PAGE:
The mining sector has already priced in a complete collapse in the price of gold. Should a price collapse come maybe they will move lower. But what if the gold price were to just stabilize around $1600 and not move up from here? The value gap would eventually be filled. Most readers know that I believe that while gold certainly has the potential to move far lower in the short term (why I always recommend an ample supply of liquid cash), I believe it will be far higher than $1600 before the conclusion of the current bull market.
The following letter comes from John Goltermann at Obermeyer Asset Management and provides his thoughts on this topic: the current gold vs. gold mining share value gap. Click on the bottom right box to bring it full screen.
When a billionaire speaks I usually take the time to listen. Unless they inherited their money, they are most likely both very intelligent and have a tremendous amount of experience in business and finance.
One of those people is Stanley Druckenmiller, whose hedge fund ran an average return of 30% annually until he recently decided to shut it down.
He speaks with CNBC regarding the ridiculous nature of the United States debt discussions as leaders spend endless hours debating an $85 billion sequester while the entire $16.6 trillion and growing Titanic moves rapidly toward the ice burg (see clock to the right for a current update).
He notes that if interest rates were to just normalize then it would add $500 billion annually to the U.S. deficit. If that were to happen the markets would realize the U.S. has a credit problem, which is exactly what is taking place in Europe, and rates would then spiral out of control.
He notes that everything was okay for Greece up until mid February 2010 and then in two weeks it was over. Coming soon to the United States and Japan.
I had the pleasure of coming across a similar article written back in June of 2008 from CNN. Here was the title:
"Gold: Don't count on $1,000" From the article: "Most financial planners and market strategists say that people should only have a very small percentage of their portfolio dedicated to gold. It is, after all, an incredibly volatile investment. And betting on gold often means that you're taking a leap of faith about currency and interest-rate fluctuations as opposed to looking at fundamentals like sales and earnings growth." 8 months later the share prices of stocks based on those fundamentals like sales and earnings growth would be down about 60%, just as gold was touching $1,000.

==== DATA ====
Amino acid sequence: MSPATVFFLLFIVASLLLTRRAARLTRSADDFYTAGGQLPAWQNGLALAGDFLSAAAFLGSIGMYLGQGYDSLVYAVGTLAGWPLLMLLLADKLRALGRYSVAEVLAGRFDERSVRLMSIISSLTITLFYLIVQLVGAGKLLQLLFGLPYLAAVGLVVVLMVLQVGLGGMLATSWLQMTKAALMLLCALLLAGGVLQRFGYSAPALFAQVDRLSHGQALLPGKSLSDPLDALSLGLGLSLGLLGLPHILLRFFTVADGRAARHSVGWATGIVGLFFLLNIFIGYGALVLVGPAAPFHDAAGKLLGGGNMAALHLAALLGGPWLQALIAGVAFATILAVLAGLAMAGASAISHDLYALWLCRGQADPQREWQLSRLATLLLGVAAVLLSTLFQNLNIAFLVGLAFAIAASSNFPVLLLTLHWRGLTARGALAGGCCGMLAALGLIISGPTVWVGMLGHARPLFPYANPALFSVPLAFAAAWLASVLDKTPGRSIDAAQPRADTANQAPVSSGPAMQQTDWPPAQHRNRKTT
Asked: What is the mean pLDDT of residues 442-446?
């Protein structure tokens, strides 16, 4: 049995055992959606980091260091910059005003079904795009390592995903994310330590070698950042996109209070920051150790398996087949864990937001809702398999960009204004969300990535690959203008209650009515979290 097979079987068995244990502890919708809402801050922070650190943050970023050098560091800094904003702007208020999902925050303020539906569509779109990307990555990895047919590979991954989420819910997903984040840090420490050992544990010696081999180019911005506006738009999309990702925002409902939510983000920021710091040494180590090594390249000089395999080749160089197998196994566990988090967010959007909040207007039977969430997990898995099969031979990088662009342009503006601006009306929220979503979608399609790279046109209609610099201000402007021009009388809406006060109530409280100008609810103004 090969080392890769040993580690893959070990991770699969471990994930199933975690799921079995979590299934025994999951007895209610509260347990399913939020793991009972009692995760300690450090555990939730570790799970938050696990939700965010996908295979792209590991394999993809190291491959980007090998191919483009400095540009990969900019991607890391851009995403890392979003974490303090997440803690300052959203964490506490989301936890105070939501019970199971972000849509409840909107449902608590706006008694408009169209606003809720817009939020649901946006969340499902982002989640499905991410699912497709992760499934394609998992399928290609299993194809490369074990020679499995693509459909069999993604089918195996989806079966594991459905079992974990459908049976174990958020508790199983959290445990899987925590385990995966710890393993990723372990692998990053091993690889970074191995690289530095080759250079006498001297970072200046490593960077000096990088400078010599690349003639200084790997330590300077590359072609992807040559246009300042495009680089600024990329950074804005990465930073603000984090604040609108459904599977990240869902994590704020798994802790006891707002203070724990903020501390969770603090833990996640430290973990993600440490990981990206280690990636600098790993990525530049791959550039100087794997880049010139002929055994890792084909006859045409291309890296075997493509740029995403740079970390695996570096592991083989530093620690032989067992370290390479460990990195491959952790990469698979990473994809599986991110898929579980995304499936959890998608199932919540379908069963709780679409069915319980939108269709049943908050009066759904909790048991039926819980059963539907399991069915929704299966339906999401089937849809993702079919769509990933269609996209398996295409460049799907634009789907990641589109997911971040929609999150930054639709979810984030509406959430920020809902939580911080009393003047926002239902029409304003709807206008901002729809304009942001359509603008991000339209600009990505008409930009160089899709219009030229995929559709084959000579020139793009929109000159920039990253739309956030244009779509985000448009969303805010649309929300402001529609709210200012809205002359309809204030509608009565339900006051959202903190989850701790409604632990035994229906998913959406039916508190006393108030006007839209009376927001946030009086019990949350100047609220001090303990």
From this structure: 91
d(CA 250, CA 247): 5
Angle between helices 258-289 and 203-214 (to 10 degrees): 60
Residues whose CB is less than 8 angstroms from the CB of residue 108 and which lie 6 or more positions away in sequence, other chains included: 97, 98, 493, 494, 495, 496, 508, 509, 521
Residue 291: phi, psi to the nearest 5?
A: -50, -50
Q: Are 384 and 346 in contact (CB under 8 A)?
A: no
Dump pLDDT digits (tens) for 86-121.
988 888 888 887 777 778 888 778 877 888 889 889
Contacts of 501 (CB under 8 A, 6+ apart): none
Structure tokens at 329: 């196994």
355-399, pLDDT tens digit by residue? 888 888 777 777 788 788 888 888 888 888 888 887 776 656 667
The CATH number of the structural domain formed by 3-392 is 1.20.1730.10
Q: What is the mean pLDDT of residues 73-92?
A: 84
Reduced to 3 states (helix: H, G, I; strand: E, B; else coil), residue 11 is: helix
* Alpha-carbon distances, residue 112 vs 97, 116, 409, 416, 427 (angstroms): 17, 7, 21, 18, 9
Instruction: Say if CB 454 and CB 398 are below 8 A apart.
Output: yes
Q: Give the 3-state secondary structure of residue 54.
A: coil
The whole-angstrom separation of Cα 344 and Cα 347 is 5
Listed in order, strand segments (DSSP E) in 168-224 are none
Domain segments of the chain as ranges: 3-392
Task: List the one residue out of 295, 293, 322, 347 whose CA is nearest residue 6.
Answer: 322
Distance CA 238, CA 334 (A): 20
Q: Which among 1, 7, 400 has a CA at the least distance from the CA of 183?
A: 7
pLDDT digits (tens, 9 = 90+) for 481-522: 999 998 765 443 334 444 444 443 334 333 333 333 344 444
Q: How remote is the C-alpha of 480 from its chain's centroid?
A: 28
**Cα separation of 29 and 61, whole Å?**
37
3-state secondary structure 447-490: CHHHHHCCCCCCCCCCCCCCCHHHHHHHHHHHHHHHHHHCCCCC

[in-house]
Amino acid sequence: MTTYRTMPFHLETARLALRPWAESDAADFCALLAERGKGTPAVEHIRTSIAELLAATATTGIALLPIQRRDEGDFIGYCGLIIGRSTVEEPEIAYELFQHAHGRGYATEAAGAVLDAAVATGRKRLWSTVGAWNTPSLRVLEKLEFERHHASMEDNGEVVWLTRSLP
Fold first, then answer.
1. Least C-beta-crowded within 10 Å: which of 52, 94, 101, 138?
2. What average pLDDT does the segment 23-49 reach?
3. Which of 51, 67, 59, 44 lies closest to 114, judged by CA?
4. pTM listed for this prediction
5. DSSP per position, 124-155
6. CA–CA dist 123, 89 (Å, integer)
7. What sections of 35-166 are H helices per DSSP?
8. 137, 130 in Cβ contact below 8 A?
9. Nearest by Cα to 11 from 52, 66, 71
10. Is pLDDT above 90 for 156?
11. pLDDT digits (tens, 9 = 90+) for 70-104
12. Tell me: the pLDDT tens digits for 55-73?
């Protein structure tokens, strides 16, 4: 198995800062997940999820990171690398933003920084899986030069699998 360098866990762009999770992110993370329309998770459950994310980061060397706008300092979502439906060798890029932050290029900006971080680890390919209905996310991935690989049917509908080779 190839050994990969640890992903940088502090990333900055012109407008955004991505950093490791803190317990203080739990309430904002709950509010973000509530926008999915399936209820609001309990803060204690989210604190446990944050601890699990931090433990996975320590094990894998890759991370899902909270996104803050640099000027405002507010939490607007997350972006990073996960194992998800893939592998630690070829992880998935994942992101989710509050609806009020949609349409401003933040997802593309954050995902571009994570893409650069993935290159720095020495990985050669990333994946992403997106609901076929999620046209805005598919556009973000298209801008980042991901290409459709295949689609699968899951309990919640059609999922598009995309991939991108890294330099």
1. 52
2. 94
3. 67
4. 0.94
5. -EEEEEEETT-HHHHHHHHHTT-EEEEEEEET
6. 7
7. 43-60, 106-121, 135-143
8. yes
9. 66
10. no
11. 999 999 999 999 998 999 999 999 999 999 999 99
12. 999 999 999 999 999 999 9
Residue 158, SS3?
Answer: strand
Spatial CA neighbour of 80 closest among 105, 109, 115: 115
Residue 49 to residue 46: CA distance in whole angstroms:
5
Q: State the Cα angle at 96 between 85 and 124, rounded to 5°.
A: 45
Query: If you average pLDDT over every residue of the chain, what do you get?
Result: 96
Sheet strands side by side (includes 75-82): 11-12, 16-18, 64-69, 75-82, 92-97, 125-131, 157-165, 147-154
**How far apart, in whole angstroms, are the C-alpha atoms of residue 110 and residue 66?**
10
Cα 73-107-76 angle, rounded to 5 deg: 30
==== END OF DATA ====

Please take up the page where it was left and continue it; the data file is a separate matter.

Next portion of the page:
An intelligent (non-mainstream media) argument against the price of gold would be based on how it may perform if we re-entered a deflationary type scenario seen in late 2008. I have discussed my thoughts on this scenario in the following article:
Some of the best commodities and resource stocks are going on a fire sale. This is the time to start layering in a position from your shopping list we discussed in the 2013 Outlook: How To Invest. What from my personal list looks attractive today?
Gold Mining Shares
Rare Earth Stocks
Short US Stock Funds
It should never feel good when you are buying because there is panic everywhere. Take a deep breath. This is why you steadily raise cash during optimistic periods and buy during panic selling.
Remember from a view 30,000 feet above that while it is important to maintain liquidity to have the ability to purchase assets when they go on sale, the actual value of that paper liquidity is zero.
Currencies have no intrinsic value. They are backed by nothing. Bonds are worse - they are a promise to pay back a currency in the future.
Take a deep breath. Buy. And hope for prices to fall lower so you can rid yourself of more cash.
I am not a financial advisor, please speak with one before making any investment decisions.